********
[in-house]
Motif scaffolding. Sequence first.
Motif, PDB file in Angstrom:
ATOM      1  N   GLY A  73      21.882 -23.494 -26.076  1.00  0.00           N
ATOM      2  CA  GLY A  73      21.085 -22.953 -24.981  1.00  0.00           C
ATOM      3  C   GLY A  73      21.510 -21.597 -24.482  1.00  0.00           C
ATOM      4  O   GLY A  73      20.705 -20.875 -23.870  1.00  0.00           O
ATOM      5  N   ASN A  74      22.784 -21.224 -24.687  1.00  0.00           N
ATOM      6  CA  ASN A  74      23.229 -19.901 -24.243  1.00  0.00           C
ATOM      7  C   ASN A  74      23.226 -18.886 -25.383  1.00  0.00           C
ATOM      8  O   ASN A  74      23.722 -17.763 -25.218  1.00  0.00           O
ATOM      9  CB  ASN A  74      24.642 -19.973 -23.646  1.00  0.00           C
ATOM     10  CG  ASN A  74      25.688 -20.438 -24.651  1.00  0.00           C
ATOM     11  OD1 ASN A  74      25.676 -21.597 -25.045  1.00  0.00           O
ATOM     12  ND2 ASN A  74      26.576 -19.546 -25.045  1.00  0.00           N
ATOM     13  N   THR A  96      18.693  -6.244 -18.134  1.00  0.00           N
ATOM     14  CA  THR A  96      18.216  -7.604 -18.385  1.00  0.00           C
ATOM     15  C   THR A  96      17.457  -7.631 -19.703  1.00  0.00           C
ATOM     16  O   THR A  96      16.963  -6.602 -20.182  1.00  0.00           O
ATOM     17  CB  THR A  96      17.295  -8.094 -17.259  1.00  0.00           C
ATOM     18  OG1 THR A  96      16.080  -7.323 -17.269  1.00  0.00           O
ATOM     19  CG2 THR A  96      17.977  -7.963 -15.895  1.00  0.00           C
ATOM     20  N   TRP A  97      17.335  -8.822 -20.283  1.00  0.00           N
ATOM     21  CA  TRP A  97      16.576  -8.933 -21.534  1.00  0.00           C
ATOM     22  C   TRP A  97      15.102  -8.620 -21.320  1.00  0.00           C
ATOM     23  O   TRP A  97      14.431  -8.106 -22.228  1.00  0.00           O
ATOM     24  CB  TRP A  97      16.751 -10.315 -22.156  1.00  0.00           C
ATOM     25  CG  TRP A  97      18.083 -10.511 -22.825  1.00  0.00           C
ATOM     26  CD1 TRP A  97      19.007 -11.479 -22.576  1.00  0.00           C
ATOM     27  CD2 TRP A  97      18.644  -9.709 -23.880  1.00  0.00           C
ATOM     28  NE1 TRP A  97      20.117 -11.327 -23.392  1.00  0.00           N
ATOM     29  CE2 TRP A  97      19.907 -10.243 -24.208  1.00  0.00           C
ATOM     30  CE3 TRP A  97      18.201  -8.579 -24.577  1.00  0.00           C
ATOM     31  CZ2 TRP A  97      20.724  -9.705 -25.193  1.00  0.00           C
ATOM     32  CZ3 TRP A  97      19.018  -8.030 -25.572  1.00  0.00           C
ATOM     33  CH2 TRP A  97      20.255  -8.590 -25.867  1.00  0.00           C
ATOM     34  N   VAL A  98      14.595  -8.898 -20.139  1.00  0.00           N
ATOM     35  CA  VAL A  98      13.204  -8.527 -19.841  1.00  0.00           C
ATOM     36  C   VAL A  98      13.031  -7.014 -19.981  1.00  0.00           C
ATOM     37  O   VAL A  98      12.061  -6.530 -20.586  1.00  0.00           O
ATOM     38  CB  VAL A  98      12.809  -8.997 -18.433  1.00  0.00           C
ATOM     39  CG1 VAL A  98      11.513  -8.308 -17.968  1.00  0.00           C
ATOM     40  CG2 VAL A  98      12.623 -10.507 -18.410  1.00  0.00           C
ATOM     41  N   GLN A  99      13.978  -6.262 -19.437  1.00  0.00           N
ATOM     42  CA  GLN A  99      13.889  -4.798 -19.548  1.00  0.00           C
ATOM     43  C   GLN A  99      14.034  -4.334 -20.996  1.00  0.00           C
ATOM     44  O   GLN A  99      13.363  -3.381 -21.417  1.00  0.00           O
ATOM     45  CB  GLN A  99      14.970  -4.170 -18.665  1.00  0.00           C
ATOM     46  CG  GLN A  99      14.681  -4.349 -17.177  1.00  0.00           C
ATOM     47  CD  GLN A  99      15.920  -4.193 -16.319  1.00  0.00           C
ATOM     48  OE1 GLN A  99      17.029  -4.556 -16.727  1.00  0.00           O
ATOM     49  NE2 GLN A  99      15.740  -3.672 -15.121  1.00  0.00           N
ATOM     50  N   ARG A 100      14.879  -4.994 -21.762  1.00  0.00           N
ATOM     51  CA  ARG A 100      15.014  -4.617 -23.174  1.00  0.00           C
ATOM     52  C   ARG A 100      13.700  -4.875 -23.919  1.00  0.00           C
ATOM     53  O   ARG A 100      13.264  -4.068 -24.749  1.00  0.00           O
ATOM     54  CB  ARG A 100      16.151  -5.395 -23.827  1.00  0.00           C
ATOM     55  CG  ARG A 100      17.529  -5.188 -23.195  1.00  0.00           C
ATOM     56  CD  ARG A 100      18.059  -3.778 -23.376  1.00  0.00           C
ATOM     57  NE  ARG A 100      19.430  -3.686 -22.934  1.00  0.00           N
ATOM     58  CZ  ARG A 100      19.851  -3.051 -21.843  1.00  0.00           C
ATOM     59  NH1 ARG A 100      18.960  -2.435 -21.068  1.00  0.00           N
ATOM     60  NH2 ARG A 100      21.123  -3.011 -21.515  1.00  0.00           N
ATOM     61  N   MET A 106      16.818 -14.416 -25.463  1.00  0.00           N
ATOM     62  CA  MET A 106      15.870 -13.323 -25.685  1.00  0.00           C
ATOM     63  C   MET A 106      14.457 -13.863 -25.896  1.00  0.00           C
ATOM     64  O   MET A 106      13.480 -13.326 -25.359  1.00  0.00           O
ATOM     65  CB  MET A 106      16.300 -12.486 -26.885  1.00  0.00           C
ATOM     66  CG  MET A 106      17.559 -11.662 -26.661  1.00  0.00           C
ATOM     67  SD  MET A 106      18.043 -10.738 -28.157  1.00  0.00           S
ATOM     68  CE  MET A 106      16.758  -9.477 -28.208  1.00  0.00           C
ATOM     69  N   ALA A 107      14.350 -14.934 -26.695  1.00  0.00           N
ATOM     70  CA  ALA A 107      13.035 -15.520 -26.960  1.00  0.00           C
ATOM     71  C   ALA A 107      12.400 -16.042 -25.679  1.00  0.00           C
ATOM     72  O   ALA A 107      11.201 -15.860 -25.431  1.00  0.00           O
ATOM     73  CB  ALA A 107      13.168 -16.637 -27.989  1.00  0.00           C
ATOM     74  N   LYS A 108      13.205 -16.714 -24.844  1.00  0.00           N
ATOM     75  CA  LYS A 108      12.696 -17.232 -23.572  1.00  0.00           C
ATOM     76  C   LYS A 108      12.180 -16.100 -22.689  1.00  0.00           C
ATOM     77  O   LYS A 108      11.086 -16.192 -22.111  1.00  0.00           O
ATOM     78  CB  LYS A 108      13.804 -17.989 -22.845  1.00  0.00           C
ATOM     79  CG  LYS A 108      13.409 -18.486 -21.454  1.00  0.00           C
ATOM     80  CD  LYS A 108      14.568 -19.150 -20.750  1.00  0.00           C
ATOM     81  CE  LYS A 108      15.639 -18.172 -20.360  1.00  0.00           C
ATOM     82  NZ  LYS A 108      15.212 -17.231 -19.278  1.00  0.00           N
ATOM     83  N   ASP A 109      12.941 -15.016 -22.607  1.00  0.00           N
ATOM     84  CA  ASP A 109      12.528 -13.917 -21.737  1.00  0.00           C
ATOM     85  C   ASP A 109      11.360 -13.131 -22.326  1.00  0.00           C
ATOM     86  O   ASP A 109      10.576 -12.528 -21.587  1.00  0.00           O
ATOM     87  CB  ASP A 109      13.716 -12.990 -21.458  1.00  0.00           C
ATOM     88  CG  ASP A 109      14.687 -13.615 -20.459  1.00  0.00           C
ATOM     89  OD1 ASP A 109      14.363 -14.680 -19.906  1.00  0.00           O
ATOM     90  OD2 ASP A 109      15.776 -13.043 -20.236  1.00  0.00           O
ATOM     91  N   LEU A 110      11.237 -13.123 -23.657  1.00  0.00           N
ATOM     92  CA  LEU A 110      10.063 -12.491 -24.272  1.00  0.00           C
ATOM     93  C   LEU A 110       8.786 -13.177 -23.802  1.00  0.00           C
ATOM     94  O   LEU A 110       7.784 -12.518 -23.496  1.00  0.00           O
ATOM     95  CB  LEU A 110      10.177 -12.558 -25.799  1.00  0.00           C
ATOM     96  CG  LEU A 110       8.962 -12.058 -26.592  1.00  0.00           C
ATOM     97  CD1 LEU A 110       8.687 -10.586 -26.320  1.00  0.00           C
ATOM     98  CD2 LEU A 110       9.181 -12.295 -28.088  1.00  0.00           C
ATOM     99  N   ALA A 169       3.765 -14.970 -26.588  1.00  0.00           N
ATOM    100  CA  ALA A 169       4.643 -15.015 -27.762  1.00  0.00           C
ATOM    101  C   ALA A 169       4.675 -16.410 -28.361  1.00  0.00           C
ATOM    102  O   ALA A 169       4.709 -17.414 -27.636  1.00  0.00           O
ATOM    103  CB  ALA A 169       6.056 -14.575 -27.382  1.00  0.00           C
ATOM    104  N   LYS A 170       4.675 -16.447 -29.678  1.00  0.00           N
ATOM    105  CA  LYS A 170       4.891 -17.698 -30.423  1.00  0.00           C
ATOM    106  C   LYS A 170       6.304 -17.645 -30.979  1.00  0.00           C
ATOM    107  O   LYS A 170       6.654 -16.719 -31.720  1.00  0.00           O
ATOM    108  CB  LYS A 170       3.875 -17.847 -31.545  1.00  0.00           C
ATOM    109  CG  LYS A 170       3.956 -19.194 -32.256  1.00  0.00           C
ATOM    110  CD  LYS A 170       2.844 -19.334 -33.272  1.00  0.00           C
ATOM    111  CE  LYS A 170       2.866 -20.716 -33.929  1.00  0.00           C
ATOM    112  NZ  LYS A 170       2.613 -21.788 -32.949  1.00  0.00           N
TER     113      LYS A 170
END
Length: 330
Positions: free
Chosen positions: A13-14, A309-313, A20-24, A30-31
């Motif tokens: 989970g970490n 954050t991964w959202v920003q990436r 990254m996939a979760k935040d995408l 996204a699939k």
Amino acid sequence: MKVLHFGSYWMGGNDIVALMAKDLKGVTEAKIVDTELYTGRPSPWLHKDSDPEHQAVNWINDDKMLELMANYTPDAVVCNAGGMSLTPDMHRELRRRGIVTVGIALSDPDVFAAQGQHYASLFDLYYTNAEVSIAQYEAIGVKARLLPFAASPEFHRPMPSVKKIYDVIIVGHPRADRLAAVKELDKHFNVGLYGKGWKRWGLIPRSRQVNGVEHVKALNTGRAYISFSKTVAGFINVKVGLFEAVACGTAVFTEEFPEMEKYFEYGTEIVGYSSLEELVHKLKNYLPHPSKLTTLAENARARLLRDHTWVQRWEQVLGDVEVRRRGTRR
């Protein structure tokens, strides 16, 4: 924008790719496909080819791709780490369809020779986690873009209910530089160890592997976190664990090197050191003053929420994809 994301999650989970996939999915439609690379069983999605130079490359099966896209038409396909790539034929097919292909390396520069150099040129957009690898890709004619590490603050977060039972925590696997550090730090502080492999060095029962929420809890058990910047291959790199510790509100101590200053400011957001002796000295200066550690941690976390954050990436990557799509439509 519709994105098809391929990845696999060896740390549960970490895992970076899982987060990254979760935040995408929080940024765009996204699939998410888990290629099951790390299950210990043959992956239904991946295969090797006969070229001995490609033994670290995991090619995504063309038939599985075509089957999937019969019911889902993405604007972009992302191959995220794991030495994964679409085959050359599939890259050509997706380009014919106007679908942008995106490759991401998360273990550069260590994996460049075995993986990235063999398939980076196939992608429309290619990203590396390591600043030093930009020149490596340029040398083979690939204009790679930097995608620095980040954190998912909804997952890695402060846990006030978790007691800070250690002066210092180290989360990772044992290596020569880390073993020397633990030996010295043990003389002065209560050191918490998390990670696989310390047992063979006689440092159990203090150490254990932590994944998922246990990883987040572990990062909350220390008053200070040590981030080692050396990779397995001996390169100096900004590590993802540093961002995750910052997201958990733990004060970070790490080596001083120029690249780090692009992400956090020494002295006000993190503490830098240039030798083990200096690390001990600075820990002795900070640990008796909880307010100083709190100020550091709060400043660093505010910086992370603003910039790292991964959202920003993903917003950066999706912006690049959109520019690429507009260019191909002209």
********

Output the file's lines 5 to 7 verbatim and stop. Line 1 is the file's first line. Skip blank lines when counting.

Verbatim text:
ATOM      2  CA  GLY A  73      21.085 -22.953 -24.981  1.00  0.00           C
ATOM      3  C   GLY A  73      21.510 -21.597 -24.482  1.00  0.00           C
ATOM      4  O   GLY A  73      20.705 -20.875 -23.870  1.00  0.00           O